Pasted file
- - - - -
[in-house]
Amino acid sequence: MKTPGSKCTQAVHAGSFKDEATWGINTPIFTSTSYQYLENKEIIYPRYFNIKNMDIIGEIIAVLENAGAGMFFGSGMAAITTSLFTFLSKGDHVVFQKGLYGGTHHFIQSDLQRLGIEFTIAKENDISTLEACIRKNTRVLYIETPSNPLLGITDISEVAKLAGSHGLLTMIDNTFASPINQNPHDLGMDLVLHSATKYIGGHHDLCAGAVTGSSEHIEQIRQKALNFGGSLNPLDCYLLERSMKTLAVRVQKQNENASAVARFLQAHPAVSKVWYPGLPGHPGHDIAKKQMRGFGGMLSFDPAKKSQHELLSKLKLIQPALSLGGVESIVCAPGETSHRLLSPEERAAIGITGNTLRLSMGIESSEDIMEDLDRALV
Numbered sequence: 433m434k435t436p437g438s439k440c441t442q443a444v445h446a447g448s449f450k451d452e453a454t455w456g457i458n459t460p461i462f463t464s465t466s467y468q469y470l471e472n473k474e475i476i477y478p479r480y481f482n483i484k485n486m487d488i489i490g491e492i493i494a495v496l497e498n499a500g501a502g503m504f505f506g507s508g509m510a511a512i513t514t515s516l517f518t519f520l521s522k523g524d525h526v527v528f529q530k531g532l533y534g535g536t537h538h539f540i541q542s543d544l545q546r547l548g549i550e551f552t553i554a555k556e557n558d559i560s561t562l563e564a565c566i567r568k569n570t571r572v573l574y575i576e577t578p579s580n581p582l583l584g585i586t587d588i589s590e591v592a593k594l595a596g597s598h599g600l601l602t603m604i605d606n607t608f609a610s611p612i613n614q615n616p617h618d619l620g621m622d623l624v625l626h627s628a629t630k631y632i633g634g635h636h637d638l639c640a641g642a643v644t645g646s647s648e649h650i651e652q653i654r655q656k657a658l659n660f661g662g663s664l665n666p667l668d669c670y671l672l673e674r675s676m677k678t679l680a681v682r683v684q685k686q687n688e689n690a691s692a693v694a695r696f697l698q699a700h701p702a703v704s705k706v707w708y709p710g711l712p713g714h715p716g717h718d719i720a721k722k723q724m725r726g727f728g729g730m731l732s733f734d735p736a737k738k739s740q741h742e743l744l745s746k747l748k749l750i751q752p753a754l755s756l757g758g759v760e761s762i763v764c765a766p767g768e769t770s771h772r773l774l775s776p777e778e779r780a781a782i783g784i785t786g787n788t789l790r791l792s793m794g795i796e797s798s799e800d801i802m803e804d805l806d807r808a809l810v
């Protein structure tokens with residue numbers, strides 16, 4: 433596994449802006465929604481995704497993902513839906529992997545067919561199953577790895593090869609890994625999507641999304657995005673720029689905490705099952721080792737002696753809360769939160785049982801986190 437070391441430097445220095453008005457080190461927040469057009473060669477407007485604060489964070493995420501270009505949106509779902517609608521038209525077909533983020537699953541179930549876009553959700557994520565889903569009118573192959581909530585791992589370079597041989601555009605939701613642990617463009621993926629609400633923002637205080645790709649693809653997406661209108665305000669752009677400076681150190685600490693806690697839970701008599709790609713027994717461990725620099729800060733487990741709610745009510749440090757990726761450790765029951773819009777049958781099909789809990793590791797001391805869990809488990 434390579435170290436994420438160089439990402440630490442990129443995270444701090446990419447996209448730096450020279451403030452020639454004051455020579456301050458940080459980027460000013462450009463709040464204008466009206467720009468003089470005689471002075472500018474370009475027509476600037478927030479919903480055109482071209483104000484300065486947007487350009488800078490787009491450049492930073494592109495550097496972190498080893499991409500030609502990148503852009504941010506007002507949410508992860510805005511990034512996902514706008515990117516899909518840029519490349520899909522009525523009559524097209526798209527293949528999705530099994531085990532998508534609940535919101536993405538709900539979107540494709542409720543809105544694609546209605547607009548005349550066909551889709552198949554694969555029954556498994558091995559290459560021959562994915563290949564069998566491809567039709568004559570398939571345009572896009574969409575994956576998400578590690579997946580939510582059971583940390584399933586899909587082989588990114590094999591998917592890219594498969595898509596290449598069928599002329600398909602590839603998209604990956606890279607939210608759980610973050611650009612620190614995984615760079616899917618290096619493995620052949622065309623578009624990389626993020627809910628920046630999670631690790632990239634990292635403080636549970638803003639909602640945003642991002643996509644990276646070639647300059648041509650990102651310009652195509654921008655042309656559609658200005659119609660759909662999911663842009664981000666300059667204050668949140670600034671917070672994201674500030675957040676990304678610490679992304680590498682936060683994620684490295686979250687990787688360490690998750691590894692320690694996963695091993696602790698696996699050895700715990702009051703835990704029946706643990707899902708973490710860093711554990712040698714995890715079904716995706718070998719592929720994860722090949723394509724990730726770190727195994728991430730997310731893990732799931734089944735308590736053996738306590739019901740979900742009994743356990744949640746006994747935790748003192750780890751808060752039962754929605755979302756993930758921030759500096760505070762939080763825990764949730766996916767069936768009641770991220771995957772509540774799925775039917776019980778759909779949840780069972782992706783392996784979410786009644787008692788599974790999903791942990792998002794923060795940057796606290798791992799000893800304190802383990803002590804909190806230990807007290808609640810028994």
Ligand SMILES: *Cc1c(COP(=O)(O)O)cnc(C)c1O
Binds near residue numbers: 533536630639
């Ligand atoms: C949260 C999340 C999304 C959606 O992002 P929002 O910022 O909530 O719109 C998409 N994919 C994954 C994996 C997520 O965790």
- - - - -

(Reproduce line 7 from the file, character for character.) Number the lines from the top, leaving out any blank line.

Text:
């Ligand atoms: C949260 C999340 C999304 C959606 O992002 P929002 O910022 O909530 O719109 C998409 N994919 C994954 C994996 C997520 O965790």